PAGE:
Crossing the frontier from France to Italy is not only to chase the perfect espresso but also a feeling of having it all. It might seem strange, but the astonishing difference crossing from France into Italy is real. Is it the smell, the light, the Fiat Punto on the wrong side of the road?
Andrea Mifsud, although he lives in Mougins, has a heritage that also crosses borders. With a mother from the Lombardia region of Italy and father who is half French and half Maltese, Andrea can claim to be fully Mediterranean. He has a strong bond with Italy, which sees him returning regularly for longer rides into the Ligurian hinterlands. With his 20 years of age he’s on the upward curve in his racing career but that doesn’t mean he doesn’ t like to mix it up when doing the longer steady rides – like exploring the Italian olive groves and ending it with a wild swim.
The pastel colors of the old town of Ventimiglia fade into each other, just like Andrea’s jerseys and the roads and city have that Italian hustle and bustle that somehow fades into an almost musical anthem. Andrea adapts to the pace and strikes a vibrant modern flash across and older-looking town, before turning left up the valley towards Dolceaqua and then Rocchetta Nervina situated at the top of the valley amongst olive groves and the foothills of the bigger mountains. The altitude and the steady climate will guarantee a quality production of the olives, just as they do for the professional riders living in Monaco who make a habit of riding to Dolceaqua for a doppio on their recovery days.
Andrea continues straight through Dolceaqua, keen to get to the river. His plight is helped by an Ape – those traditional 3-wheeled, vespa-engined, flat-bed utility vehicles that serve rural Italy so well. The also provide a nice bit of motor-pacing on the false flats and steady gradients that lead up the valley. Steady, that is, if you stay in the valley. A left turn right before Hotel Lago Bin on the Strada Provinciale 68 climbs up into the olive groves like only an Italian road can. It’s a short loop but it’s a severe one.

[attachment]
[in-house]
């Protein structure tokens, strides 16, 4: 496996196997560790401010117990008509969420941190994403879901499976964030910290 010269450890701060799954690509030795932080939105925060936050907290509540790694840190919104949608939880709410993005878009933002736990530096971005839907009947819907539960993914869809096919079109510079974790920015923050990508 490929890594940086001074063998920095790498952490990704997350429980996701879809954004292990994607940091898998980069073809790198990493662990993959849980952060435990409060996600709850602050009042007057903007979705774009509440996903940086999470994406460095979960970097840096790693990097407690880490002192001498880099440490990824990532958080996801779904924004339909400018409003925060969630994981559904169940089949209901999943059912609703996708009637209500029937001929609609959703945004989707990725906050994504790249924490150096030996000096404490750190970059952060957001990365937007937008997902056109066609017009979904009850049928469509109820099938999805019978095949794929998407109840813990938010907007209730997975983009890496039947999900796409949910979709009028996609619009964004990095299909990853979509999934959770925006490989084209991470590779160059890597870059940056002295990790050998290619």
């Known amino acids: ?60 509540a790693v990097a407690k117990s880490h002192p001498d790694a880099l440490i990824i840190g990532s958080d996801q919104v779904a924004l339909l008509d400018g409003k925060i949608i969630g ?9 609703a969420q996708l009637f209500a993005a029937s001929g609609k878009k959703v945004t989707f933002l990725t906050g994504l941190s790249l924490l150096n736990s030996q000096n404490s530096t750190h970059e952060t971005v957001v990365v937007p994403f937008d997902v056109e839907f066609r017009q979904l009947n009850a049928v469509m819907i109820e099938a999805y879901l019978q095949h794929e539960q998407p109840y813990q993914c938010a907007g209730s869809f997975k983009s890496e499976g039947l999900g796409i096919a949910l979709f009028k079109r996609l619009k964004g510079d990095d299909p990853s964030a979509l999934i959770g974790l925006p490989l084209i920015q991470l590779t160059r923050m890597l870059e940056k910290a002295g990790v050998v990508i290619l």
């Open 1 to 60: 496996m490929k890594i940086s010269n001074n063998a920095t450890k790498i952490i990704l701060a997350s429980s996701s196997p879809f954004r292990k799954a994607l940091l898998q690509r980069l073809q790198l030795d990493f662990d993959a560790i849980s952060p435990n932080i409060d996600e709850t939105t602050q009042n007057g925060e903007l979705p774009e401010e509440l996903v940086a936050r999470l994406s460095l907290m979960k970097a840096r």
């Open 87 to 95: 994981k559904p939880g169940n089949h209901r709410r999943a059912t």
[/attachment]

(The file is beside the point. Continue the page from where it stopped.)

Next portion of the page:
Tarmac becomes corrugated concrete, becomes gravel. Secrets only discovered when turning each corner on yet another surface change through the precious Taggiasca olive trees which produce olives with a soft taste of fruit, just like the smell flowing in the air. It is like a kick in the face coming around yet another corner to see one more muro to be climbed on a that a “road” that is only know by the local olive farmers. Surely the Apes can’t make it up here.
Descending directly down into Rocchetta Nervina, with a population of only 275 people, it is quiet. Very quiet. Heads turn to greet Andrea as he slowly enters the square of the former Roman village, which during medieval times brought the pilgrims from Piedmont to the Nervia Valley. Andrea turns left that takes him directly to the most beautiful and clean swim hole just behind the square itself – it’s the most accessible swim hole but somehow having the village as a backdrop makes it a special experience.
The Savoys brought peace to the village in the 17th century and that feeling has stayed ever since, leaving the place to be a haven of tranquility, even though it is a popular spot. Locals used to go higher up the river to dive in or go canyoning, but recent landslides have put a stop to that. But that doesn’t take anything away from it. The rougher rock face on the left forms a channel with the polished slab of granite on the right, the former providing a place to jump from and the latter a place to dry out and relax on. It is another very chaud summer day of riding and the refreshing mountain water is everything anyone will ever need to cool down.
After drying up and getting back on the bike, Andrea decides it is time to stop at Dolce Aqua. The café on the corner, the well-known spot for riders in the area with a specific flair for the perfect espresso (we are proud of our coffee, but we have to give the Italians respect for what they do with their coffee beans). The contrast of Andrea’s full-on race bike fitted with one of the new-wave handlebar bags filled with his swimming kit draws attention. He falls into conversation with a few locals and before we know Andrea’s Italian side is showing with hand gestures and impassioned stories about his dad. It almost feels like home.
Or simply check out our series of Take Me To The River swim holes.